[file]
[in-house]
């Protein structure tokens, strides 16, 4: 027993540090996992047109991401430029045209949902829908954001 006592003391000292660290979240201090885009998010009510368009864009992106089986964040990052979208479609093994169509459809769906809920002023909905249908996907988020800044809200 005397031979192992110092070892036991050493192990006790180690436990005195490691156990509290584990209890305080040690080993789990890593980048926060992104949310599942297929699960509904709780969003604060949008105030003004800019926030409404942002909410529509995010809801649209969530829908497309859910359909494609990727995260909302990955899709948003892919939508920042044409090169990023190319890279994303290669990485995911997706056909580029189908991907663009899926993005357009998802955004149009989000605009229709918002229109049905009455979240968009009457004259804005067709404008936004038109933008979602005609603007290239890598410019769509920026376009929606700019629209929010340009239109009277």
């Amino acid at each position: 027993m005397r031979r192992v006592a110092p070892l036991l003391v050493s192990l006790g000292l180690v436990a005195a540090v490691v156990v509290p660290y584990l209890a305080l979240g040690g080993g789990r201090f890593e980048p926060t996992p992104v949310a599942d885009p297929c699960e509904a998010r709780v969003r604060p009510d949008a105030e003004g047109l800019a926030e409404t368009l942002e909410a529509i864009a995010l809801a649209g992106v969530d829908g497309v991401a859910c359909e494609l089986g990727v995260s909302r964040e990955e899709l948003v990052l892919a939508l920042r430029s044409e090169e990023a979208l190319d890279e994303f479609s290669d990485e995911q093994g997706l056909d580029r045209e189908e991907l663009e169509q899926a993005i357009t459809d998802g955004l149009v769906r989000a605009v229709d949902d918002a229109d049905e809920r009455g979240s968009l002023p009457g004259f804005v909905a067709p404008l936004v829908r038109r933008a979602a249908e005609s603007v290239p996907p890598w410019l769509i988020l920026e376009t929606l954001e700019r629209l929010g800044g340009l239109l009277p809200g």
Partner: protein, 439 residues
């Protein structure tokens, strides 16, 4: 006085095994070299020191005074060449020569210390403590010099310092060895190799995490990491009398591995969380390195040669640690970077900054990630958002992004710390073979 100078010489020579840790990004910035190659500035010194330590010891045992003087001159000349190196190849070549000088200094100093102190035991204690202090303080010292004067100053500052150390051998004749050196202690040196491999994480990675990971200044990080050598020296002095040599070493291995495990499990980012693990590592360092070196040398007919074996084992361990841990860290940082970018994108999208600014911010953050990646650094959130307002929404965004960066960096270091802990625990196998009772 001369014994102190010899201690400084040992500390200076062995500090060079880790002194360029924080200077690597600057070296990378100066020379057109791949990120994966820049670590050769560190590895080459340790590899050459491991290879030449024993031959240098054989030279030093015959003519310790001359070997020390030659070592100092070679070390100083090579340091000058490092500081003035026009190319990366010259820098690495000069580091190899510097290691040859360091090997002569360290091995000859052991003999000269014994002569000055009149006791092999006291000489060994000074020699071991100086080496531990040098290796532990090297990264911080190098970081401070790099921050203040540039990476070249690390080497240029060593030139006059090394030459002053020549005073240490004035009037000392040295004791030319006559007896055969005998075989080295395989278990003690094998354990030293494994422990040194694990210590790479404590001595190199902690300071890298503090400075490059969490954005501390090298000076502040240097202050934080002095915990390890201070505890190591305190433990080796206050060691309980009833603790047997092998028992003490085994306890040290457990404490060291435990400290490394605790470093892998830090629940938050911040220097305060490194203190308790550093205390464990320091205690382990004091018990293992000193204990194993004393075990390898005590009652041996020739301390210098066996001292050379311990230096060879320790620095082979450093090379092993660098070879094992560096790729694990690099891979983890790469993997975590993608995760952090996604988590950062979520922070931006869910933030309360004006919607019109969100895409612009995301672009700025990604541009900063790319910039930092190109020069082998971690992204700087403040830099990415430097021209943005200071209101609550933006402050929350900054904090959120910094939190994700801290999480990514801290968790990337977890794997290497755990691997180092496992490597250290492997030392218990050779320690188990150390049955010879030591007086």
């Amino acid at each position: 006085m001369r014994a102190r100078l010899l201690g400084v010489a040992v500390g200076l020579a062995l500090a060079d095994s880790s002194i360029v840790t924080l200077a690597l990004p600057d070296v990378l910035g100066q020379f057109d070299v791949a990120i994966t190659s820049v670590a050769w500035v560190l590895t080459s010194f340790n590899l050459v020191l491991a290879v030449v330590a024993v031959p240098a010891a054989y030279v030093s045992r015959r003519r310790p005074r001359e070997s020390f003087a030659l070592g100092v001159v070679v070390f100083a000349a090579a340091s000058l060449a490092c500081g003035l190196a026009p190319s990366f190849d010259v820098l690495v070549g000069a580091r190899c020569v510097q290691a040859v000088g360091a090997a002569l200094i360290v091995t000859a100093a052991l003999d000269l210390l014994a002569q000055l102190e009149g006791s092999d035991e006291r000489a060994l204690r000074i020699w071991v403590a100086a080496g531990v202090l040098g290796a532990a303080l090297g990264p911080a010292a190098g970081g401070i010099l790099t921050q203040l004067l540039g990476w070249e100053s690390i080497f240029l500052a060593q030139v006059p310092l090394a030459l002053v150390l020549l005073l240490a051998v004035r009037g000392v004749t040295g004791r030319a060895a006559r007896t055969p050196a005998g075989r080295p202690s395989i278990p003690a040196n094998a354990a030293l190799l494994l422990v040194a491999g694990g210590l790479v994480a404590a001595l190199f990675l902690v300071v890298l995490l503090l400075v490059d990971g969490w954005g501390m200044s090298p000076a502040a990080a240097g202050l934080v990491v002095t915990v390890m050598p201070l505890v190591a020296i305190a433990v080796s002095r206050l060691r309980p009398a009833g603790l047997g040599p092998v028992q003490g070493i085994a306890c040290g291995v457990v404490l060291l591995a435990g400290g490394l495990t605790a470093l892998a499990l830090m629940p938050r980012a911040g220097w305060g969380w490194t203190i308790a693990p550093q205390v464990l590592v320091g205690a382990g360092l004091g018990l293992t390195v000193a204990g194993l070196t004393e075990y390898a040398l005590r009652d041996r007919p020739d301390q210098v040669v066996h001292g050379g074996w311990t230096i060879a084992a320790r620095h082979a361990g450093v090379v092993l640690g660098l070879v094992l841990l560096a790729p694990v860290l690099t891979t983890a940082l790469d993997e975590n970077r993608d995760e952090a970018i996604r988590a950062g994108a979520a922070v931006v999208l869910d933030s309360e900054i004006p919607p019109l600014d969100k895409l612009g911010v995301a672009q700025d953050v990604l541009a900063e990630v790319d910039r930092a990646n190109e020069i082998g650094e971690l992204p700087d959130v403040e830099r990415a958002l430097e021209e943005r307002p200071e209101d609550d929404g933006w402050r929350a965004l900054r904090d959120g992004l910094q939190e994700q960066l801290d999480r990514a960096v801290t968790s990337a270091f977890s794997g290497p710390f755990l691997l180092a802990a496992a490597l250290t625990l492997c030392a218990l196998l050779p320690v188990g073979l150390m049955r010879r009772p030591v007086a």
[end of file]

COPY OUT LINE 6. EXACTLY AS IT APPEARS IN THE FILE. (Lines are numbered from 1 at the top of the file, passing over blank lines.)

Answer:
């Amino acid at each position: 006085m001369r014994a102190r100078l010899l201690g400084v010489a040992v500390g200076l020579a062995l500090a060079d095994s880790s002194i360029v840790t924080l200077a690597l990004p600057d070296v990378l910035g100066q020379f057109d070299v791949a990120i994966t190659s820049v670590a050769w500035v560190l590895t080459s010194f340790n590899l050459v020191l491991a290879v030449v330590a024993v031959p240098a010891a054989y030279v030093s045992r015959r003519r310790p005074r001359e070997s020390f003087a030659l070592g100092v001159v070679v070390f100083a000349a090579a340091s000058l060449a490092c500081g003035l190196a026009p190319s990366f190849d010259v820098l690495v070549g000069a580091r190899c020569v510097q290691a040859v000088g360091a090997a002569l200094i360290v091995t000859a100093a052991l003999d000269l210390l014994a002569q000055l102190e009149g006791s092999d035991e006291r000489a060994l204690r000074i020699w071991v403590a100086a080496g531990v202090l040098g290796a532990a303080l090297g990264p911080a010292a190098g970081g401070i010099l790099t921050q203040l004067l540039g990476w070249e100053s690390i080497f240029l500052a060593q030139v006059p310092l090394a030459l002053v150390l020549l005073l240490a051998v004035r009037g000392v004749t040295g004791r030319a060895a006559r007896t055969p050196a005998g075989r080295p202690s395989i278990p003690a040196n094998a354990a030293l190799l494994l422990v040194a491999g694990g210590l790479v994480a404590a001595l190199f990675l902690v300071v890298l995490l503090l400075v490059d990971g969490w954005g501390m200044s090298p000076a502040a990080a240097g202050l934080v990491v002095t915990v390890m050598p201070l505890v190591a020296i305190a433990v080796s002095r206050l060691r309980p009398a009833g603790l047997g040599p092998v028992q003490g070493i085994a306890c040290g291995v457990v404490l060291l591995a435990g400290g490394l495990t605790a470093l892998a499990l830090m629940p938050r980012a911040g220097w305060g969380w490194t203190i308790a693990p550093q205390v464990l590592v320091g205690a382990g360092l004091g018990l293992t390195v000193a204990g194993l070196t004393e075990y390898a040398l005590r009652d041996r007919p020739d301390q210098v040669v066996h001292g050379g074996w311990t230096i060879a084992a320790r620095h082979a361990g450093v090379v092993l640690g660098l070879v094992l841990l560096a790729p694990v860290l690099t891979t983890a940082l790469d993997e975590n970077r993608d995760e952090a970018i996604r988590a950062g994108a979520a922070v931006v999208l869910d933030s309360e900054i004006p919607p019109l600014d969100k895409l612009g911010v995301a672009q700025d953050v990604l541009a900063e990630v790319d910039r930092a990646n190109e020069i082998g650094e971690l992204p700087d959130v403040e830099r990415a958002l430097e021209e943005r307002p200071e209101d609550d929404g933006w402050r929350a965004l900054r904090d959120g992004l910094q939190e994700q960066l801290d999480r990514a960096v801290t968790s990337a270091f977890s794997g290497p710390f755990l691997l180092a802990a496992a490597l250290t625990l492997c030392a218990l196998l050779p320690v188990g073979l150390m049955r010879r009772p030591v007086a």